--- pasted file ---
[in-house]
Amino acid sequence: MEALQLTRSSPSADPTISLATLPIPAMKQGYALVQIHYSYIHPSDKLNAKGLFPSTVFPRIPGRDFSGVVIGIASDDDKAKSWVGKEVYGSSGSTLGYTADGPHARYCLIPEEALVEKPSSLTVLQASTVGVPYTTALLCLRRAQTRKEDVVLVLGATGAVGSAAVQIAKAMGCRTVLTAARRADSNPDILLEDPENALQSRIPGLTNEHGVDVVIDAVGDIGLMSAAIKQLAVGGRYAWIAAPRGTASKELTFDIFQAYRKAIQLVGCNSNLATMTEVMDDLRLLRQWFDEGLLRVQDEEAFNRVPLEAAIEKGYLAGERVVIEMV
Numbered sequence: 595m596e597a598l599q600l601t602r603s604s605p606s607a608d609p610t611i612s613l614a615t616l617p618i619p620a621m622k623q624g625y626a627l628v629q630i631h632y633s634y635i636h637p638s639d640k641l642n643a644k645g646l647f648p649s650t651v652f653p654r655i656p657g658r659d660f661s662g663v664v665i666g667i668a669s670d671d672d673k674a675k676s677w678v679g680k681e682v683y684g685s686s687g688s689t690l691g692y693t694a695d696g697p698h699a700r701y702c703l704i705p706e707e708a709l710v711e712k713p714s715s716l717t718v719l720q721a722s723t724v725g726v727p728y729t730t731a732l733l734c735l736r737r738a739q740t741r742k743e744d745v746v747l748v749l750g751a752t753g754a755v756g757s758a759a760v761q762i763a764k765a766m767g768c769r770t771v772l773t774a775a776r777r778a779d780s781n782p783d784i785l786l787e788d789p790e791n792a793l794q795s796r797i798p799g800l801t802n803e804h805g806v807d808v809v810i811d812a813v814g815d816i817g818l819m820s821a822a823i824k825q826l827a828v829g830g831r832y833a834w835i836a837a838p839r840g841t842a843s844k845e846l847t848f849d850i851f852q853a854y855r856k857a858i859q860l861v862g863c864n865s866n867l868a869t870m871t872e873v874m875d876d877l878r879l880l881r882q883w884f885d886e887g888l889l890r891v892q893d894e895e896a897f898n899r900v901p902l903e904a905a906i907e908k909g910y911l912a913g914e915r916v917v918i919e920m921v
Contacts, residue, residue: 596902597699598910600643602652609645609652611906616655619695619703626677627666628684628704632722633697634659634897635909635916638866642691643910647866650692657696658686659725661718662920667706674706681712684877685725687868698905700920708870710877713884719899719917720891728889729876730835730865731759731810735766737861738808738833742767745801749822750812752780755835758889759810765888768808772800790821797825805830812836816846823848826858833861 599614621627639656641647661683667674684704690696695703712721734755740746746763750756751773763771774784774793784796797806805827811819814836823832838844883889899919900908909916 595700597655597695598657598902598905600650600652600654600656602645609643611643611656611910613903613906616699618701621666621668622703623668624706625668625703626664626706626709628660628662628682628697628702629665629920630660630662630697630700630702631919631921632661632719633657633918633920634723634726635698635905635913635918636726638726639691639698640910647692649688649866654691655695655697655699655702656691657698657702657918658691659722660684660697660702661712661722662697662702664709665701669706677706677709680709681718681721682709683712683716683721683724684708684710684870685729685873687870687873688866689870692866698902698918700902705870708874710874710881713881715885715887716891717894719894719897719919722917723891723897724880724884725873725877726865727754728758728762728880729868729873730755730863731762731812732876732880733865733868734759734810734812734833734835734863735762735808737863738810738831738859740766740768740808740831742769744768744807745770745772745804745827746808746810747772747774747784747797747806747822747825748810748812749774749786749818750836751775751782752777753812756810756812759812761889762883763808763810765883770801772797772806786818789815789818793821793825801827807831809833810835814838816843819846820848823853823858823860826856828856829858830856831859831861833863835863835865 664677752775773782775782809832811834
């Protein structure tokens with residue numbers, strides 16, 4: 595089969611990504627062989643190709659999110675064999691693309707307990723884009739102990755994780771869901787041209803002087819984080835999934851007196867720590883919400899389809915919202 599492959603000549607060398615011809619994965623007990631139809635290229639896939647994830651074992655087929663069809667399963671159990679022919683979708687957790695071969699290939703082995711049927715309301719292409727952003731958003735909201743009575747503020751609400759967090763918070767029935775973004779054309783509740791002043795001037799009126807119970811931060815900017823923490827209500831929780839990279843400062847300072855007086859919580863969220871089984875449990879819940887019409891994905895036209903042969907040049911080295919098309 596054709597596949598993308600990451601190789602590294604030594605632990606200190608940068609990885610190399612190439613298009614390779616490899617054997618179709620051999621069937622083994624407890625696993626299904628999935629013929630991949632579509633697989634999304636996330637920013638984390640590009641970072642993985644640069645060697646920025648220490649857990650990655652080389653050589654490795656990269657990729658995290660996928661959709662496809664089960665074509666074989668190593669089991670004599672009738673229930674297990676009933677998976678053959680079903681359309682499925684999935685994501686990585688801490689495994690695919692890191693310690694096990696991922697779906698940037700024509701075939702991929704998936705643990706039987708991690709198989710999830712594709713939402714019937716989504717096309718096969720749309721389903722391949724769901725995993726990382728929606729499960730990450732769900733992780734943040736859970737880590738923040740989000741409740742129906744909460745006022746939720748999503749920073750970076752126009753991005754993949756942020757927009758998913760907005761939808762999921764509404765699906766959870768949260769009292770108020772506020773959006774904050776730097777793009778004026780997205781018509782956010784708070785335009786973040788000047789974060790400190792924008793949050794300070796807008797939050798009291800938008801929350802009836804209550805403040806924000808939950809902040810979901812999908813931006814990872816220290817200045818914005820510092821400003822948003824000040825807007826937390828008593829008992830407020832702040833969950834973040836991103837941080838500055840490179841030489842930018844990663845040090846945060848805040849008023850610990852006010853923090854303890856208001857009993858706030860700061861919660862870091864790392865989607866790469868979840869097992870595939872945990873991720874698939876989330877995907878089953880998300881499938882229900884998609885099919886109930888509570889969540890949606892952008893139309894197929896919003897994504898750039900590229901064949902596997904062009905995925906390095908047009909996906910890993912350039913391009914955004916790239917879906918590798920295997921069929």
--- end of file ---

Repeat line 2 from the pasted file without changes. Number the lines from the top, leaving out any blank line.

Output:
Amino acid sequence: MEALQLTRSSPSADPTISLATLPIPAMKQGYALVQIHYSYIHPSDKLNAKGLFPSTVFPRIPGRDFSGVVIGIASDDDKAKSWVGKEVYGSSGSTLGYTADGPHARYCLIPEEALVEKPSSLTVLQASTVGVPYTTALLCLRRAQTRKEDVVLVLGATGAVGSAAVQIAKAMGCRTVLTAARRADSNPDILLEDPENALQSRIPGLTNEHGVDVVIDAVGDIGLMSAAIKQLAVGGRYAWIAAPRGTASKELTFDIFQAYRKAIQLVGCNSNLATMTEVMDDLRLLRQWFDEGLLRVQDEEAFNRVPLEAAIEKGYLAGERVVIEMV